Still I kept drinking. Alone. With others. Only in the evening, but all evening long. Small sips and sometimes quick doses. My hyper awareness of my drinking started to tire me out. No matter where I was, I wondered if people could tell. And as I worried about it more, I became more aware of where I bought my alcohol, how often I bought it, where I drank, how much I drank in each place, and more. I hated waking up with a hangover, which didn’t always happen. I often felt tired in the morning.
I set a goal to quit drinking by the time I turned 40. So when that goal post passed with no success, I hired a therapist. It took me a while to tell her why I was really there, and then the work began. Many of our sessions, when I brought up the drinking, focused on the downsides. We talked about the slow death of addiction. I worried about the health repercussions and the effect on my relationships with my husband, my kids, and in the integrity of my work.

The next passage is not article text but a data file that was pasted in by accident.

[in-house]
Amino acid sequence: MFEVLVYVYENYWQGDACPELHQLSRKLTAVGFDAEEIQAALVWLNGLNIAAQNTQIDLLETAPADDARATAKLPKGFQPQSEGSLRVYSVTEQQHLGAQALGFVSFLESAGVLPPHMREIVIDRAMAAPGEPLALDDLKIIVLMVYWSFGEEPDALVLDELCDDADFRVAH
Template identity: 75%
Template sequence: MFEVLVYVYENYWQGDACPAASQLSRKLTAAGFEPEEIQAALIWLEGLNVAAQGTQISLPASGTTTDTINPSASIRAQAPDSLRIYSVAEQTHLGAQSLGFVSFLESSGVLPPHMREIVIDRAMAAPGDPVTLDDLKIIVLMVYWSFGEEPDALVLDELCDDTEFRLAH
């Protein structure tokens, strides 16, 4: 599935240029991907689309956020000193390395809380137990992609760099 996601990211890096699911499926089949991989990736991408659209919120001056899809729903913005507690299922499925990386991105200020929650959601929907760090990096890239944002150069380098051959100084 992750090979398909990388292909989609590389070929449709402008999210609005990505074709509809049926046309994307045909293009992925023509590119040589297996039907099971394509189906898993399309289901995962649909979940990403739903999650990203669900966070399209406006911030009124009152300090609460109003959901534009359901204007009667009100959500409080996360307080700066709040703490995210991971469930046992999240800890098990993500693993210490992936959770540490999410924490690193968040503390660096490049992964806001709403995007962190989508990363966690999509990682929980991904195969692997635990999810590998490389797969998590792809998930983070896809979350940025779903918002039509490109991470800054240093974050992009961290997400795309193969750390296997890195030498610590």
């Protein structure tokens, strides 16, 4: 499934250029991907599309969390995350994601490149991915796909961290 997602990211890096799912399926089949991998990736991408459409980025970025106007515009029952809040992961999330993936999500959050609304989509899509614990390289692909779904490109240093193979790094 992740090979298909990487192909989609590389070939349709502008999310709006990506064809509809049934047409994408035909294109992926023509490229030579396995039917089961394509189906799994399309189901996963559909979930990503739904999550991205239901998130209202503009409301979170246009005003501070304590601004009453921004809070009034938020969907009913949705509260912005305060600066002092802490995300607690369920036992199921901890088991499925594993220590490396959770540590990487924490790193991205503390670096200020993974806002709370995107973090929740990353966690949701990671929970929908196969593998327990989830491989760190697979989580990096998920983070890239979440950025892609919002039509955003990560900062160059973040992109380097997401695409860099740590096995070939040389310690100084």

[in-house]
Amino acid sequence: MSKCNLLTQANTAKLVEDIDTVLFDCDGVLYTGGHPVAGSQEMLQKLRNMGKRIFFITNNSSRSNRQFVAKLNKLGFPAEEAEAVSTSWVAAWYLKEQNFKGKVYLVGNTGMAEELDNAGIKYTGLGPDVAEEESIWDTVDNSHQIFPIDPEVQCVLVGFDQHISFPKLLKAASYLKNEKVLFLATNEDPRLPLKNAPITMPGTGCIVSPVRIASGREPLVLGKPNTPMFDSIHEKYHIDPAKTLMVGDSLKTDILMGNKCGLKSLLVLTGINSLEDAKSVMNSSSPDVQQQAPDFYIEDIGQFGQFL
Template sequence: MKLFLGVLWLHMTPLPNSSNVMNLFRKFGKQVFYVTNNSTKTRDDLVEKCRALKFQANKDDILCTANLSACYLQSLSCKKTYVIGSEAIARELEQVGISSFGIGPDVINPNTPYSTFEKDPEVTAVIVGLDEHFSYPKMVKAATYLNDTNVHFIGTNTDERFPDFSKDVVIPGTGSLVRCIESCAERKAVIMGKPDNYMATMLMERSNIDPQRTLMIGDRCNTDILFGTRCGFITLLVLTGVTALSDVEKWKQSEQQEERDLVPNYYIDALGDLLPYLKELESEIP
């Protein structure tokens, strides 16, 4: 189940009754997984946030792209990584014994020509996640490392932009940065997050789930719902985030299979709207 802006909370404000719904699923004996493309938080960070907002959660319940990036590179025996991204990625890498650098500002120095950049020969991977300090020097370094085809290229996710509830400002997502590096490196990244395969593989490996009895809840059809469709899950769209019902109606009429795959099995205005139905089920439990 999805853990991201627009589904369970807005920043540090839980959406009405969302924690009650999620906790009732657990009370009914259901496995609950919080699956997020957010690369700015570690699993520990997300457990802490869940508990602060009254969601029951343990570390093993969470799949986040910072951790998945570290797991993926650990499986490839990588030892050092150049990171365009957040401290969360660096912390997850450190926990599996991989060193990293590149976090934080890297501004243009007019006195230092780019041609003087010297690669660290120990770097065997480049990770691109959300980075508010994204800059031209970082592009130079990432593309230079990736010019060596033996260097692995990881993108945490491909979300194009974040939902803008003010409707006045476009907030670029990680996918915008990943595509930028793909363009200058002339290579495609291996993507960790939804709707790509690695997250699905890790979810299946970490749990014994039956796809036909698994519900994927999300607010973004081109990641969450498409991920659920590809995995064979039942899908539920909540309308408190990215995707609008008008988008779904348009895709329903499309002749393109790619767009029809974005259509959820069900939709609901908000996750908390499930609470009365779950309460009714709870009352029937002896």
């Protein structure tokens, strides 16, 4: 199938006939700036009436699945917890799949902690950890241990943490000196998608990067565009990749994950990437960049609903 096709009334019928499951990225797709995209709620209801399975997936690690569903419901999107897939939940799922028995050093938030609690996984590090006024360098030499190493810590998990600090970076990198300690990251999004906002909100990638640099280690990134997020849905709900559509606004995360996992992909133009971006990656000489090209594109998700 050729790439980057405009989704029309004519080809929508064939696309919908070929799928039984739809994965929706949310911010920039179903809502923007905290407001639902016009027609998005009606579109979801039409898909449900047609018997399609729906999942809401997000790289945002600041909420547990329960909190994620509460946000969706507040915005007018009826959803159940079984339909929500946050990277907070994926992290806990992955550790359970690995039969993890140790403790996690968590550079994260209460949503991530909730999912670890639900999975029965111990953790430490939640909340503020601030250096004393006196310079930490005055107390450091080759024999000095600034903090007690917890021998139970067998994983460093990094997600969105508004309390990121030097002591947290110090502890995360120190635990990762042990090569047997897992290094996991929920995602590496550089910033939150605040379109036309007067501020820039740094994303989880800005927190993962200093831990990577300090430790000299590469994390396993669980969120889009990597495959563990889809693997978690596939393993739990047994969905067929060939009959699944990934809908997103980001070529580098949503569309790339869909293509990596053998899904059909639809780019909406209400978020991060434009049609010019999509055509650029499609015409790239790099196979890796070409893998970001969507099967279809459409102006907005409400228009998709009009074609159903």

The more I talked about it, the more I realized that I was not living aligned with my values. Something clicked when I woke up to that reality. That was the beginning of the end. I started reading memoirs of people who had gotten sober. I started attending Alcoholics Anonymous meetings and listening to the stories of the attendees. It was uncomfortable, and yet I didn’t feel so alone. I started to see that there were ways to assuage my fears and worries – and sobriety was a necessary step.